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Co-residence, Life-Cycle Savings and Inter-generational Support in Urban China

Listed author(s):
  • Mark Rosenzweig
  • Junsen Zhang

We use unique data characterizing individual savings for twins and non-twins in urban China to examine why the savings rates of the young are elevated relative to the middle-aged, despite rising individual life-cycle incomes. We show that inter-generational co-residence masks the true life-cycle patterns of individual savings in standard Chinese household data sets, which are aggregated at the household level. Moreover, we show that to understand life-cycle savings behavior it is necessary to take into account inter-generational co-residence, an important phenomenon in China and in many developing countries. To test a model that describes joint life-cycle savings and co-residence decisions by two generations, we use a variety of standard twins methods. The estimates provide support for the model, including that individuals born into larger families provide less financial support to parents and are more likely to co-reside with parents when young, but do not have different savings rates. We also found that inter-generational co-residence is lower the higher the incomes of the young but higher when the parents have higher incomes and that inter-generational co-residence, net of income, is associated with higher savings for the young but not higher savings for the old. Our results highlight the importance of high housing costs and the prevalence of inter-generational shared housing as key reasons for the higher savings rates for the urban young in China, but also indicate that in urban China neither old-age support by the young nor the one-child policy are major factors.

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File URL: http://www.nber.org/papers/w20057.pdf
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Paper provided by National Bureau of Economic Research, Inc in its series NBER Working Papers with number 20057.

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Date of creation: Apr 2014
Handle: RePEc:nbr:nberwo:20057
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  1. Franco Modigliani & Shi Larry Cao, 2004. "The Chinese Saving Puzzle and the Life-Cycle Hypothesis," Journal of Economic Literature, American Economic Association, vol. 42(1), pages 145-170, March.
  2. Costa, Dora L, 1997. "Displacing the Family: Union Army Pensions and Elderly Living Arrangements," Journal of Political Economy, University of Chicago Press, vol. 105(6), pages 1269-1292, December.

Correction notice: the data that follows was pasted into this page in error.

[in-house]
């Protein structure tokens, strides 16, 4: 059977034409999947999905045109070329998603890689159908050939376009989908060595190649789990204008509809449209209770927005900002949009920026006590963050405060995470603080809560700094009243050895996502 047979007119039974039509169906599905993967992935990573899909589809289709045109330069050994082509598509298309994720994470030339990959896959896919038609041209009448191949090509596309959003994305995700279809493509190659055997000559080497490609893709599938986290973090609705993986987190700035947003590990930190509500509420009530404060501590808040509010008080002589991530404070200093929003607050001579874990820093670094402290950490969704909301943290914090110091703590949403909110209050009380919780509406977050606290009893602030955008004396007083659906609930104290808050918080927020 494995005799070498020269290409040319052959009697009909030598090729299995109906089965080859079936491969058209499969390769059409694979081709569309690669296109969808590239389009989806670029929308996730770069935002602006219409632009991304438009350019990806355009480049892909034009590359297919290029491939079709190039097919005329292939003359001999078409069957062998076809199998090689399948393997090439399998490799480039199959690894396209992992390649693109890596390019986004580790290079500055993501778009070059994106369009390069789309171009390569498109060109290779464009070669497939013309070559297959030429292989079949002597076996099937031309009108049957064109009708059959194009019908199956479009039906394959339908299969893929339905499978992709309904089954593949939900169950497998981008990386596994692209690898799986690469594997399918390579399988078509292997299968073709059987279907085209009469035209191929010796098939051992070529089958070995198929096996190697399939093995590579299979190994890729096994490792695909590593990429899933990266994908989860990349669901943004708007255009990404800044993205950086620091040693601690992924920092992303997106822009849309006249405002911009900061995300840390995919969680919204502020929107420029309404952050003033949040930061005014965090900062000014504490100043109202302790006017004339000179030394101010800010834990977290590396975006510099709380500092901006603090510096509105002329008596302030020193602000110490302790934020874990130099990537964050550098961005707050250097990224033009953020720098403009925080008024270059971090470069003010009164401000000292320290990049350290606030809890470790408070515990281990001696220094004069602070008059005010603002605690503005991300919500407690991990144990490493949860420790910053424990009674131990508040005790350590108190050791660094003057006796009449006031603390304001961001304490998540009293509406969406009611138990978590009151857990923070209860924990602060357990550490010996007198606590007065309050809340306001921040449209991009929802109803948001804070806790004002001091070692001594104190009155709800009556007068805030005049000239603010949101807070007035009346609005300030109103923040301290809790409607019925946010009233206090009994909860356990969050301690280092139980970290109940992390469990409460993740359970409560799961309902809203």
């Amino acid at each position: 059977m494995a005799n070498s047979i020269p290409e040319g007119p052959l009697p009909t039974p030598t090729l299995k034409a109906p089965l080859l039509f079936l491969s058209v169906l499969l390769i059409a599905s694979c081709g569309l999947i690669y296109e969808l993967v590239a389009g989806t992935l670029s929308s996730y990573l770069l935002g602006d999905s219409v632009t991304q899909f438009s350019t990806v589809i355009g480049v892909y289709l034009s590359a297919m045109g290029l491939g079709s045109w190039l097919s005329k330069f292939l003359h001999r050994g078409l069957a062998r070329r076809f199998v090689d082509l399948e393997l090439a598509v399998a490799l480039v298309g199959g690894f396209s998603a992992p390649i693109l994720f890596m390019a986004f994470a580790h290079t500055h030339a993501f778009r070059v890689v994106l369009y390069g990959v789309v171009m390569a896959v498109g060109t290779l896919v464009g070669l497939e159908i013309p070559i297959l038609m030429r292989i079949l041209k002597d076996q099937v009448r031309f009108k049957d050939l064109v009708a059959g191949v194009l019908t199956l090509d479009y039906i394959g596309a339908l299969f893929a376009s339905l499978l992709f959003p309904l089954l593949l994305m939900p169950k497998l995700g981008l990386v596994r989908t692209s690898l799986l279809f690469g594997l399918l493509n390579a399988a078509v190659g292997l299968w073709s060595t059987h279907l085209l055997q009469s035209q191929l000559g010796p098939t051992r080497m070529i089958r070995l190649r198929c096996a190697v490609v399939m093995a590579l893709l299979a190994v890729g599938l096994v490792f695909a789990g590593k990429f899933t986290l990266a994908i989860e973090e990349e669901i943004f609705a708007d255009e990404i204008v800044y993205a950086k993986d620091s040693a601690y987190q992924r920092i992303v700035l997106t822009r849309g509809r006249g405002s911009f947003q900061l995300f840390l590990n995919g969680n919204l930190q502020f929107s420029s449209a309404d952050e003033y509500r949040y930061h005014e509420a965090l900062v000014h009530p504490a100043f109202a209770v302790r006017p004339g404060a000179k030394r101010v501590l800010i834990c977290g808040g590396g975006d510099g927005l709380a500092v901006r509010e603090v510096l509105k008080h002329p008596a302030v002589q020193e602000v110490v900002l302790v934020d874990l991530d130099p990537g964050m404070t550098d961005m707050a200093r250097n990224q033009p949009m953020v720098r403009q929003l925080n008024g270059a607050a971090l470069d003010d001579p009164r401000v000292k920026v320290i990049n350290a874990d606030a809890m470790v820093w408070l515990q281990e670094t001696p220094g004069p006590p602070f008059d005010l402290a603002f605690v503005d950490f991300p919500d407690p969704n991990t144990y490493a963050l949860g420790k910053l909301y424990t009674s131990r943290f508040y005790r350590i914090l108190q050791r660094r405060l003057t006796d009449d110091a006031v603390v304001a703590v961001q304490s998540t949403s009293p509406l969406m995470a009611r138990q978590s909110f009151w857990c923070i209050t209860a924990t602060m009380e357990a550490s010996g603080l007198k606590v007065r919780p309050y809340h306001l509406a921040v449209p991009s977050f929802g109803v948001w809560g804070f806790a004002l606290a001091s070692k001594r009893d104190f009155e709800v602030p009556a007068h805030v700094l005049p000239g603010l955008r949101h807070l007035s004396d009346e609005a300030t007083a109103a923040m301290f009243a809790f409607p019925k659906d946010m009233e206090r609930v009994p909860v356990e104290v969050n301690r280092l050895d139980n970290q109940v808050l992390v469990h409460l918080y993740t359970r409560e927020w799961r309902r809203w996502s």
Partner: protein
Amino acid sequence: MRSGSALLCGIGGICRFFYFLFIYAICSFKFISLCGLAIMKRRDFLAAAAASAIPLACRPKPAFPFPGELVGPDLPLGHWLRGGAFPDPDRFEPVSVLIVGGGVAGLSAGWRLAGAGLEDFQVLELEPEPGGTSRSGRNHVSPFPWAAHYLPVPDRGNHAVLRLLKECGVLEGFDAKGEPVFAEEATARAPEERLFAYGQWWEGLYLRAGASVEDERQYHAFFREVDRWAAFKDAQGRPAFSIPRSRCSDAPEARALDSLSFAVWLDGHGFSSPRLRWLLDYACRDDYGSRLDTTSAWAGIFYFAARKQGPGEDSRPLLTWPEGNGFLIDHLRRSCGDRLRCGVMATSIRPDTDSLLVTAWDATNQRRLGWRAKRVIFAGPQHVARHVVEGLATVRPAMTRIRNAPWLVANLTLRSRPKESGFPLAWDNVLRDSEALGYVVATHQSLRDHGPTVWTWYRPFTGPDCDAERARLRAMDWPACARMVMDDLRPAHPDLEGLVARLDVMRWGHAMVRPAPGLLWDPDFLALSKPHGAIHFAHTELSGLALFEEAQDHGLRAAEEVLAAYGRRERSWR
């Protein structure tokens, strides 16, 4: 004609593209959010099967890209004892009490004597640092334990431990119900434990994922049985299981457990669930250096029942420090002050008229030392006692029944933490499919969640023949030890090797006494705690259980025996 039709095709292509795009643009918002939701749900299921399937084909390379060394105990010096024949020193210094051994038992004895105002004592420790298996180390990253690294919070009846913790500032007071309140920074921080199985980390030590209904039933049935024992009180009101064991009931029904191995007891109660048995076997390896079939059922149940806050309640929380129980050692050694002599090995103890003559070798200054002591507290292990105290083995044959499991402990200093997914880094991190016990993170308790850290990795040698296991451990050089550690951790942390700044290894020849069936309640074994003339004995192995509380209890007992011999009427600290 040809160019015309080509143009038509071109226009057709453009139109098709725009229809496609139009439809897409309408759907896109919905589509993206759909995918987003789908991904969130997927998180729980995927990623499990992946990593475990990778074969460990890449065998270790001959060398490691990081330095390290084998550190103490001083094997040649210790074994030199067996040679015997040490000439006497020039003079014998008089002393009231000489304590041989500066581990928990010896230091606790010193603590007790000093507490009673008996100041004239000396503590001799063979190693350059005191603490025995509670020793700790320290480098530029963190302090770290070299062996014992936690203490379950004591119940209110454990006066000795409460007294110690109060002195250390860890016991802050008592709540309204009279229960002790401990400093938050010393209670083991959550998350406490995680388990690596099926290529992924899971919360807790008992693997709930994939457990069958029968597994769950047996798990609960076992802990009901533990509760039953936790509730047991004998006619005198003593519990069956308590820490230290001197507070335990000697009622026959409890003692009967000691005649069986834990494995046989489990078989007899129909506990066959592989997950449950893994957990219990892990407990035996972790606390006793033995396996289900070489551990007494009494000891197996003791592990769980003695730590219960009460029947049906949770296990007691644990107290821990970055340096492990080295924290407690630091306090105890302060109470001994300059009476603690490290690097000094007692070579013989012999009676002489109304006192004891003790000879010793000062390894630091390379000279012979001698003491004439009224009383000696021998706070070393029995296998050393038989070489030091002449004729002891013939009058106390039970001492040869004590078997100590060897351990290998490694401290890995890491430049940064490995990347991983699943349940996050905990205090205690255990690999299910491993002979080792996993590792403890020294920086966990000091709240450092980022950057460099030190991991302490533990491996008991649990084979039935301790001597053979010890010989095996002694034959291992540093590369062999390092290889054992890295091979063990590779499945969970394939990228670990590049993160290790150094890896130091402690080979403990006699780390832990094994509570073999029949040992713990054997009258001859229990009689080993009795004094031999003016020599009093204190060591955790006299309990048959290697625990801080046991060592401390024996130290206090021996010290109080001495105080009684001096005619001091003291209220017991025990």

3. Marcos D. Chamon & Eswar S. Prasad, 2010. "Why Are Saving Rates of Urban Households in China Rising?," American Economic Journal: Macroeconomics, American Economic Association, vol. 2(1), pages 93-130, January.
  4. Rosenzweig, Mark R. & Zhang, Junsen, 2013. "Economic growth, comparative advantage, and gender differences in schooling outcomes: Evidence from the birthweight differences of Chinese twins," Journal of Development Economics, Elsevier, vol. 104(C), pages 245-260.
  5. Wei Huang & Xiaoyan Lei & Yaohui Zhao, 2016. "One-Child Policy and the Rise of Man-Made Twins," The Review of Economics and Statistics, MIT Press, vol. 98(3), pages 467-476, July.
  6. Hongbin Li & Mark Rosenzweig & Junsen Zhang, 2010. "Altruism, Favoritism, and Guilt in the Allocation of Family Resources: Sophie's Choice in Mao's Mass Send-Down Movement," Journal of Political Economy, University of Chicago Press, vol. 118(1), pages 1-38, 02.
  7. Li, Hongbin & Liu, Pak Wai & Zhang, Junsen, 2012. "Estimating returns to education using twins in urban China," Journal of Development Economics, Elsevier, vol. 97(2), pages 494-504.
  8. Han, Jun & Liu, Runjuan & Zhang, Junsen, 2012. "Globalization and wage inequality: Evidence from urban China," Journal of International Economics, Elsevier, vol. 87(2), pages 288-297.
  9. Zhang, Junsen & Zhao, Yaohui & Park, Albert & Song, Xiaoqing, 2005. "Economic returns to schooling in urban China, 1988 to 2001," Journal of Comparative Economics, Elsevier, vol. 33(4), pages 730-752, December.
  10. Hongbin Li & PakWai Liu & Junsen Zhang & Ning Ma, 2007. "Economic Returns to Communist Party Membership: Evidence From Urban Chinese Twins," Economic Journal, Royal Economic Society, vol. 117(523), pages 1504-1520, October.
  11. Choukhmane, Taha & Coeurdacier, Nicolas & Jin, Keyu, 2013. "The One-Child Policy and Household Savings," CEPR Discussion Papers 9688, C.E.P.R. Discussion Papers.
  12. Shing-Yi Wang, 2011. "State Misallocation and Housing Prices: Theory and Evidence from China," American Economic Review, American Economic Association, vol. 101(5), pages 2081-2107, August.
  13. Bingqin Li & Hyun Bang Shin, 2013. "Intergenerational Housing Support Between Retired Old Parents and their Children in Urban China," Urban Studies, Urban Studies Journal Limited, vol. 50(16), pages 3225-3242, December.
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